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This comprises the introductory or methodological section of the text. I suspect, however that this may be more difficult and expensive from a production viewpoint.
This book is ambitious in its scope and covers a large amount of material, and thus treatment given to any one topic is necessarily limited. In this and subsequent sections, I particularly like the historical perspective on the development of the discipline, complete with photographs and some biographical paleopalnology on some prominent practitioners.
Because palynology is such a visual discipline, and pattern recognition plays such a large role, the opportunity to compare illustrations of major types is valuable. This necessitates much page turning and makes it difficult to study and compare the images. I suspect that specialists in the other time intervals and topics covered in this text might have similar observations.
What does paleopalynology mean?
Our discipline is not alone in this; the divisions between physical and human geography or in geology between Quaternary and hard rock specialists spring readily to mind. Throughout the book, the writing style is discursive and chatty.
Owing to the attempt to illustrate as wide a range of types as possible, many pages contain two dozen or more small photographic images.
In addition some images are rather blurred. These illustrations are predominantly photomicrographs and SEM images. I suspect that it is destined to become a standard on palynologists’ bookshelves.
Paleopalynology Traverse, Alfred, pp.
Some major topics discussed include definitions, a short history of the discipline, a discussion of the different types of palynomorphs, a survey of plant life-cycles emphasising the role played by pollen and spores, and an exposition of pollen and spore morphology. The applications and implications of these data to the study of lithified sediments are then highlighted. The next eleven chapters consist of a survey of the field of paleopalynology in geochronologic order, beginning with acritarchs in the Precambrian in Chapter 6 and concluding with “Holocene interglacial palynology” in Chapter For example, the chapter on Holocene palynology, although touching on some major points, does seem cursory and rather fragmentary.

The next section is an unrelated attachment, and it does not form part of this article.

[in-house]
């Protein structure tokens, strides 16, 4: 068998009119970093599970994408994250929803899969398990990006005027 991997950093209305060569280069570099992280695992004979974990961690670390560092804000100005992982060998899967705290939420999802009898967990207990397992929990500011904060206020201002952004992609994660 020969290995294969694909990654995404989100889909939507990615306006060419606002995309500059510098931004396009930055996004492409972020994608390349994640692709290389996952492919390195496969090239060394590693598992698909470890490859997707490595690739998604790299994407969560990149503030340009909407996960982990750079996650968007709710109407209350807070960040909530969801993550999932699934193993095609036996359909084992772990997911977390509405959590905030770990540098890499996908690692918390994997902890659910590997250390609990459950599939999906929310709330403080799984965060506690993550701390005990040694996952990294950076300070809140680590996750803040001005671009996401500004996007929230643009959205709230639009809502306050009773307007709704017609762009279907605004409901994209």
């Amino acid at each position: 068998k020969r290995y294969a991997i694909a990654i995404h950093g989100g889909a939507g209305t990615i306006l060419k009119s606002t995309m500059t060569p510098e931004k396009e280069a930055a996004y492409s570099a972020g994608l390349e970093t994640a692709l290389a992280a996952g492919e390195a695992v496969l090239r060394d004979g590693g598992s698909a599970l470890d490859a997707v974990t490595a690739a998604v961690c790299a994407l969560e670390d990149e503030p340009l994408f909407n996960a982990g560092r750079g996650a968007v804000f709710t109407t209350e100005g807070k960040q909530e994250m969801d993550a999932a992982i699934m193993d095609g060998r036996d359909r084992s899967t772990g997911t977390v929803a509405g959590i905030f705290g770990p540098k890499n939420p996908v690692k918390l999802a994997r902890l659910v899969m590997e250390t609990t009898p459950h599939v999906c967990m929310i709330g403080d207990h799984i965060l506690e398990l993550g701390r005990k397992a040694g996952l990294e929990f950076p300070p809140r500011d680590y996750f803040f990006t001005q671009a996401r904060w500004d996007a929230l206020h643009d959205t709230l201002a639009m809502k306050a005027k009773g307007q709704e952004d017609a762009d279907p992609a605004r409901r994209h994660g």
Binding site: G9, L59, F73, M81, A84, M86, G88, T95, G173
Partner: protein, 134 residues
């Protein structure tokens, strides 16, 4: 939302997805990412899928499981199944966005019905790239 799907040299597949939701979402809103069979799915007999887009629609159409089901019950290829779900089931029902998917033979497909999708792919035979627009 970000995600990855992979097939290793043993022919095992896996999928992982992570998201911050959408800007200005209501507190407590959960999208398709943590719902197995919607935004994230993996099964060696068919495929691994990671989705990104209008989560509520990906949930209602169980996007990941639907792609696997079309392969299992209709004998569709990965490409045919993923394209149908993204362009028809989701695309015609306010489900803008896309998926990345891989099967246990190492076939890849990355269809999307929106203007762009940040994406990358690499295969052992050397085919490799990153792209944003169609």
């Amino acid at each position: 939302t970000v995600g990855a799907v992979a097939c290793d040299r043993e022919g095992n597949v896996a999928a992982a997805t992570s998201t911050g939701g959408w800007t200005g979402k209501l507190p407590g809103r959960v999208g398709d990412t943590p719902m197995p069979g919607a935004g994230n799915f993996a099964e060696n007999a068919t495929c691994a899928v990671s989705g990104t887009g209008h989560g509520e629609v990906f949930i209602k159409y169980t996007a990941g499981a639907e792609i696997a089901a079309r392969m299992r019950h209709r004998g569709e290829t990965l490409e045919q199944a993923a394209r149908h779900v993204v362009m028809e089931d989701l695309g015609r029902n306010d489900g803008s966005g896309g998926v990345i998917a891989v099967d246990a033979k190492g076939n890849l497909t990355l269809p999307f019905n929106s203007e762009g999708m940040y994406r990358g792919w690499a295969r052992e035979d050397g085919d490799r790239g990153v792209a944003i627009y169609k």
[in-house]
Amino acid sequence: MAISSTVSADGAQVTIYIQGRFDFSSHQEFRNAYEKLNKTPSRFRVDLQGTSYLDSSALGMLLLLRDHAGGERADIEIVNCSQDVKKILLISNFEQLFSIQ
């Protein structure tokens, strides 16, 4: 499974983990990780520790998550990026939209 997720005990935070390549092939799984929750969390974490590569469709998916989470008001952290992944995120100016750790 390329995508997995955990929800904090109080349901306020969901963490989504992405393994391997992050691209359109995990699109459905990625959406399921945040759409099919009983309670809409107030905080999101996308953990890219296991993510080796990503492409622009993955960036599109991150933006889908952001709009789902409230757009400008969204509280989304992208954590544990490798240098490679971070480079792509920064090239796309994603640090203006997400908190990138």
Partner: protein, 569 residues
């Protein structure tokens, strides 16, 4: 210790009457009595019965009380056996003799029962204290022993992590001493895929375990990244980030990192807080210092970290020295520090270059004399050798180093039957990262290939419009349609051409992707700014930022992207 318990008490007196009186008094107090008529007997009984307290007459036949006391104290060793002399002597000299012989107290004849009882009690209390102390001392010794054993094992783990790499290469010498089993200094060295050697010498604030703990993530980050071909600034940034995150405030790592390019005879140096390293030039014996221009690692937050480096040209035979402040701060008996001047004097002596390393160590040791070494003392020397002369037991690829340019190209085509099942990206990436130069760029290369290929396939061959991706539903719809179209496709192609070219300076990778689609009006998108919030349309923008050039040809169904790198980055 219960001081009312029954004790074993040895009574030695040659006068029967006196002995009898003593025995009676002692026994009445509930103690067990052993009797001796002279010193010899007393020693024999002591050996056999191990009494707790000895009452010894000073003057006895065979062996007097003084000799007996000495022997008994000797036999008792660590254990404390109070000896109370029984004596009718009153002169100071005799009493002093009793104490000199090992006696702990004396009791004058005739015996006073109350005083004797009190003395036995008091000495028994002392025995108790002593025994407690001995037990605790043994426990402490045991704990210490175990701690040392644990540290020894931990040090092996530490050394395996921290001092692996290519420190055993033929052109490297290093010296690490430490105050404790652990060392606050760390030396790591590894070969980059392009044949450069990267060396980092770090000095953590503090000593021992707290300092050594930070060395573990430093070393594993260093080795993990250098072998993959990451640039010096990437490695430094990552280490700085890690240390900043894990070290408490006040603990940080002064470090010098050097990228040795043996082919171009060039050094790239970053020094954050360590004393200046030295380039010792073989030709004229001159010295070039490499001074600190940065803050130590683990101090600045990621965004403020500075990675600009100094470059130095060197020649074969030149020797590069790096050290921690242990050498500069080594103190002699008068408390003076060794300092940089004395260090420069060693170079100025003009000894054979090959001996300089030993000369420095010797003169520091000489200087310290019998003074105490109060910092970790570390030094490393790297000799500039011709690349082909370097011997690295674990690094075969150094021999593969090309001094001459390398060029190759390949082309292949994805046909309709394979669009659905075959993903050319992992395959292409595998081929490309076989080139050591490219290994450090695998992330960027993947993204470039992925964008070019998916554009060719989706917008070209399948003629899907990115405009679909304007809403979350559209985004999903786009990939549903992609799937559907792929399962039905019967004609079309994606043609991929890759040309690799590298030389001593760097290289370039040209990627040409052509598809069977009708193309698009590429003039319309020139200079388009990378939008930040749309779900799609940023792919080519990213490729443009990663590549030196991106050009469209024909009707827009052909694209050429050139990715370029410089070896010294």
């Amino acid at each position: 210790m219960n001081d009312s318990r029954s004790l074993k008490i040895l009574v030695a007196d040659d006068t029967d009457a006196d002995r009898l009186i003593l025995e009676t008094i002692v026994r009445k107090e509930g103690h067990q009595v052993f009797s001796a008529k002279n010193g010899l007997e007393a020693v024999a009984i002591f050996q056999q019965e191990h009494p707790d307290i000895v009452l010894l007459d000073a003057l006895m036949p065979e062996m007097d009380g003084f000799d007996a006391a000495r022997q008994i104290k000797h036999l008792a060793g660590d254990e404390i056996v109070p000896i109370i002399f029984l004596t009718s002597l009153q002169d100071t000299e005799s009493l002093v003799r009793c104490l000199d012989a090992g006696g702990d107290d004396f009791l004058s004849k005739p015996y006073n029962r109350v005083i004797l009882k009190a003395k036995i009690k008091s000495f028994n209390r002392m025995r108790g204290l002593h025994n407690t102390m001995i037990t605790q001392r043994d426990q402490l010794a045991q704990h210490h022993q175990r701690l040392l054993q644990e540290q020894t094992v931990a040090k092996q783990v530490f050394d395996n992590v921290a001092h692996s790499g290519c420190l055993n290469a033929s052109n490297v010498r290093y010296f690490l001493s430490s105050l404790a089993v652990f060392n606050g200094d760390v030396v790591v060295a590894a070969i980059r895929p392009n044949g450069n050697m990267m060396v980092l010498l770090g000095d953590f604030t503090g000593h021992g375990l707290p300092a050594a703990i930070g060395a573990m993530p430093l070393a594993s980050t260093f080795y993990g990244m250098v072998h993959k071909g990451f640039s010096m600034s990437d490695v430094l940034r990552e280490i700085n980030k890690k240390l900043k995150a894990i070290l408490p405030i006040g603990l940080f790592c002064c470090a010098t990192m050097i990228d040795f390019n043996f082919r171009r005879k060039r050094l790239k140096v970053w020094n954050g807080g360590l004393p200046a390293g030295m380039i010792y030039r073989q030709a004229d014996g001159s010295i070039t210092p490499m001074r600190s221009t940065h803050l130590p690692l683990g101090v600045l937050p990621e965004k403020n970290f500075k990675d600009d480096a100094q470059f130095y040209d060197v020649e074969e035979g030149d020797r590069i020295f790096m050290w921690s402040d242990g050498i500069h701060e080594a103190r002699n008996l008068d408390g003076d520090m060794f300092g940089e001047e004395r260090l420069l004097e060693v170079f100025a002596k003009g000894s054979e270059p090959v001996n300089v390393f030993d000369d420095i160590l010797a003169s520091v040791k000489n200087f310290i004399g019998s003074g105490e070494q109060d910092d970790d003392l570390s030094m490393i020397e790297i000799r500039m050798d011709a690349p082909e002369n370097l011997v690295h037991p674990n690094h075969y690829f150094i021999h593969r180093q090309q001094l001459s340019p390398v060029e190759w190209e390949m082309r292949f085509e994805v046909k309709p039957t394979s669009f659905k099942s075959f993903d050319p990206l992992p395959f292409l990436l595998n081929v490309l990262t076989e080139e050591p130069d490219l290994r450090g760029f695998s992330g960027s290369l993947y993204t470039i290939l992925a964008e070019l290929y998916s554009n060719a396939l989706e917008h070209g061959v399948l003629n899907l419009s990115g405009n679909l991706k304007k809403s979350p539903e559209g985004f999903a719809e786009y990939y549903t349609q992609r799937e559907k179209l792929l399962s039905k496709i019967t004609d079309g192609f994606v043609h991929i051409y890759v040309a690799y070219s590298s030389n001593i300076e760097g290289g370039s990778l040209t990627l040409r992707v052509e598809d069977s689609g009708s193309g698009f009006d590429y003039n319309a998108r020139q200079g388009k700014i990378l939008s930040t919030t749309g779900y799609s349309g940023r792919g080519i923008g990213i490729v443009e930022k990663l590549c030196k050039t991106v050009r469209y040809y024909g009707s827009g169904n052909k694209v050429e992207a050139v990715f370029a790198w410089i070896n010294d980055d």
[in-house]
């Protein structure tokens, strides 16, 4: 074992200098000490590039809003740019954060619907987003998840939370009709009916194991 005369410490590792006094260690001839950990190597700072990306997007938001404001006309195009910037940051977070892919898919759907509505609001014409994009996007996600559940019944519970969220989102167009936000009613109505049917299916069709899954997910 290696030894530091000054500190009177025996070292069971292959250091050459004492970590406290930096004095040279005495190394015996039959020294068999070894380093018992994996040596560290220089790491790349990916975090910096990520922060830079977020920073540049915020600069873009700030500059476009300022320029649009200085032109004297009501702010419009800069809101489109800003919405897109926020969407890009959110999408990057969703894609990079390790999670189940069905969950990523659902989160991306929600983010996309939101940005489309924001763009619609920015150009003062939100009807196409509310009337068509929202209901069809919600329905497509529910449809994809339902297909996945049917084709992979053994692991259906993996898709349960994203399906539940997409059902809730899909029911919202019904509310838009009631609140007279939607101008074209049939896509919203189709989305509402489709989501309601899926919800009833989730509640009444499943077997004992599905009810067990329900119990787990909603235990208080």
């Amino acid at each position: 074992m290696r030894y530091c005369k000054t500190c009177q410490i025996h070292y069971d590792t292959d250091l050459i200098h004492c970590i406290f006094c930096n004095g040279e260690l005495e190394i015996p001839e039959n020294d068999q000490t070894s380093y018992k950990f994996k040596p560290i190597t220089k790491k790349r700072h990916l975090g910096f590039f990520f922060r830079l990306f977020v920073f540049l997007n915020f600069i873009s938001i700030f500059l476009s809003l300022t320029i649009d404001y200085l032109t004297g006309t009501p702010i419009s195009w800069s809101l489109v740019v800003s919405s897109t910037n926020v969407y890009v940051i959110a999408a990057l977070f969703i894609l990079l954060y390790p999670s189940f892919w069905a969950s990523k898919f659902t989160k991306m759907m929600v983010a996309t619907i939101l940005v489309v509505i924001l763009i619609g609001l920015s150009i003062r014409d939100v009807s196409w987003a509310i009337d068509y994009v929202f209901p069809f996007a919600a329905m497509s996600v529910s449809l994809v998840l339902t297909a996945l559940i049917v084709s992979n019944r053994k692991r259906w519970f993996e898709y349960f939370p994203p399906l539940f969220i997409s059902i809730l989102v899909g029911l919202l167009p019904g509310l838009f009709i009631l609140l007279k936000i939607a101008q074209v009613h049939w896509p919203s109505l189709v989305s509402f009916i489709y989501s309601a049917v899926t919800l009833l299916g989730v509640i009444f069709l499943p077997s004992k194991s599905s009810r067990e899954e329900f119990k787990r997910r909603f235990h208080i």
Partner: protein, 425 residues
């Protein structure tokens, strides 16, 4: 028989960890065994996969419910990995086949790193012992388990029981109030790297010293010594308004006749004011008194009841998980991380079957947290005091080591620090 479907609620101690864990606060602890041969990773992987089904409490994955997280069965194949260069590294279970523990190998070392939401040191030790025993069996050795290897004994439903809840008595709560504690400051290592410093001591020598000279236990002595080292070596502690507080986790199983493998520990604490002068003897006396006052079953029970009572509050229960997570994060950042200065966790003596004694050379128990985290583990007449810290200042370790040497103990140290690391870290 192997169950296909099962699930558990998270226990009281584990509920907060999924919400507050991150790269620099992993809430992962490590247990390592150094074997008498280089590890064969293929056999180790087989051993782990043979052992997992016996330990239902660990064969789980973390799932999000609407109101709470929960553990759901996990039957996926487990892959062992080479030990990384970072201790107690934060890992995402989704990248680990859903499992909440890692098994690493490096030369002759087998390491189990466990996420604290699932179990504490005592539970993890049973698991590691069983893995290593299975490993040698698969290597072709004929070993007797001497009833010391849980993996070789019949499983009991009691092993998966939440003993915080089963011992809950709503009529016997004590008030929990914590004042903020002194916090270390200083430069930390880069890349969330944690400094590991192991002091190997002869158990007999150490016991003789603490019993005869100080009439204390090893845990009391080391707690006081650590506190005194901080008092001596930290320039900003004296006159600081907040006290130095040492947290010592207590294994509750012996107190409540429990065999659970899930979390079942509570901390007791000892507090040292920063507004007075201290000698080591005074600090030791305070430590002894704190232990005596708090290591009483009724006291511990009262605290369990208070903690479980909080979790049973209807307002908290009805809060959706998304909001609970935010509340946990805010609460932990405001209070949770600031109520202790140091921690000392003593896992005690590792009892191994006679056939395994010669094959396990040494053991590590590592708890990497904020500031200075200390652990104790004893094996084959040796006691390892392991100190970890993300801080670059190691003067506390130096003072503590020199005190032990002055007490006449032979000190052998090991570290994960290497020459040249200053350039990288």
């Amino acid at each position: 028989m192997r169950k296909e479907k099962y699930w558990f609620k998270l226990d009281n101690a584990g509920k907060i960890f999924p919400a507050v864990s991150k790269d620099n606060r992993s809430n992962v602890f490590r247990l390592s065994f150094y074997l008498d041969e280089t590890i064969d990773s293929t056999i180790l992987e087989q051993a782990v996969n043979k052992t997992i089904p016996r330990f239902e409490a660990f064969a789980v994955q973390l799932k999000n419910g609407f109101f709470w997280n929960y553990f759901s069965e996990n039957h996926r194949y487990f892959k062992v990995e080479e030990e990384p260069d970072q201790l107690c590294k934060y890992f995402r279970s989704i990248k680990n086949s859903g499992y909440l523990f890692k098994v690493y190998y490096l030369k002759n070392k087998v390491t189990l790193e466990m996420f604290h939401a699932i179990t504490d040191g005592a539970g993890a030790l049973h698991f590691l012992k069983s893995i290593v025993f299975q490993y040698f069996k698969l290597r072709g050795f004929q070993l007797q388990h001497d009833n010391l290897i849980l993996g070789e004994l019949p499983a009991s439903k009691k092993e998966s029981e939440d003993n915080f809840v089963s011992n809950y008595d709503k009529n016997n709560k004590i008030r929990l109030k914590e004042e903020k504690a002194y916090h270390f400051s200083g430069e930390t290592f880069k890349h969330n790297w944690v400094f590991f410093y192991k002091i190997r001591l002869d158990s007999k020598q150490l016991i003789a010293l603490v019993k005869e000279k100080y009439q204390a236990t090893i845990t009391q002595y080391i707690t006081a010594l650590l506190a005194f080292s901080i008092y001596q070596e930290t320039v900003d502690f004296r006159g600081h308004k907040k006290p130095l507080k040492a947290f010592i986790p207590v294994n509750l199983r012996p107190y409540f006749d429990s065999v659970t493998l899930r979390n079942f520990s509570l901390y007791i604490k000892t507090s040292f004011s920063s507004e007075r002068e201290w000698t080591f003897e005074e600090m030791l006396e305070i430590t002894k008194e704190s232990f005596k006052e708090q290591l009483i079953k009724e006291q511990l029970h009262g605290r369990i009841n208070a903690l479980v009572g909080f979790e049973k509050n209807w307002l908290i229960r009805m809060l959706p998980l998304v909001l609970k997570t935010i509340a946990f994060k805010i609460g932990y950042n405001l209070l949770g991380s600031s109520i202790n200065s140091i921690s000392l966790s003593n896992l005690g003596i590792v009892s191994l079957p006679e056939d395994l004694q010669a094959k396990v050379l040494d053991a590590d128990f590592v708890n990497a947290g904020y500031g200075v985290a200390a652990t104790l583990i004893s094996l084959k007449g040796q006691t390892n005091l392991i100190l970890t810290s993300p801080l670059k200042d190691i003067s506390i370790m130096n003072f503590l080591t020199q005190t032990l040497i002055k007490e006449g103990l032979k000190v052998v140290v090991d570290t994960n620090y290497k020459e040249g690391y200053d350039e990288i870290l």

I consider that this term is so well entrenched in the literature that he is on a losing wicket and may be inviting confusion here.
CAP Book Review: Paleopalynology
Occasionally, passages read as through they have been transcribed directly from lecture notes, for example, “I would now like to summarize the salient features” p. However, the aim paleopalynoloy the text is to give a general survey of the field and in this it appears to succeed well. The initial discussion concentrates on pollen production, dispersal, and sedimentation, based on studies of the modern flora and pollen rain.
Reviewed by Alwynne B.
The chapters also paleopalynoloyg illustrations, drawings, and photographs of major and representative taxa discussed. Unfortunately, I found some of the drawings rather indistinct, although paleppalynology may be simply a fault in the reproduction. Finally, references are compiled for the entire book, rather than for individual chapters. Each chapter consists of a survey of the main palynomorphs of that time period together with a consideration of major research themes, supported by extensive references to the literature.
There is a major division in the discipline between Quaternary pollen analysts and stratigraphic or paleopalynologists who tend to concentrate on pre-Pleistocene materials. My personal preference here for palynomorph illustrations is for few images, say only six or eight, on a pages, with some indication of scale and the captions directly beneath their images.
This is a value-laden description optimum for whom?
The main text is followed by a lengthy palelpalynology dealing with processing methods. Although my area of interest is primarily the Late Quaternary, I found this text with its clear expositions, lucid writing style, and abundant illustrations, informative and valuable.
As an aside, Traverse has some terminological quibbles with the name “Holocene”, and would prefer that this interval was subsumed under the Pleistocene. I also feel that many of the figure captions are too long and contain discussion material that would be better included in the main text e. In this regard, I was amused to note that Traverse uses the term “climatic optimum”.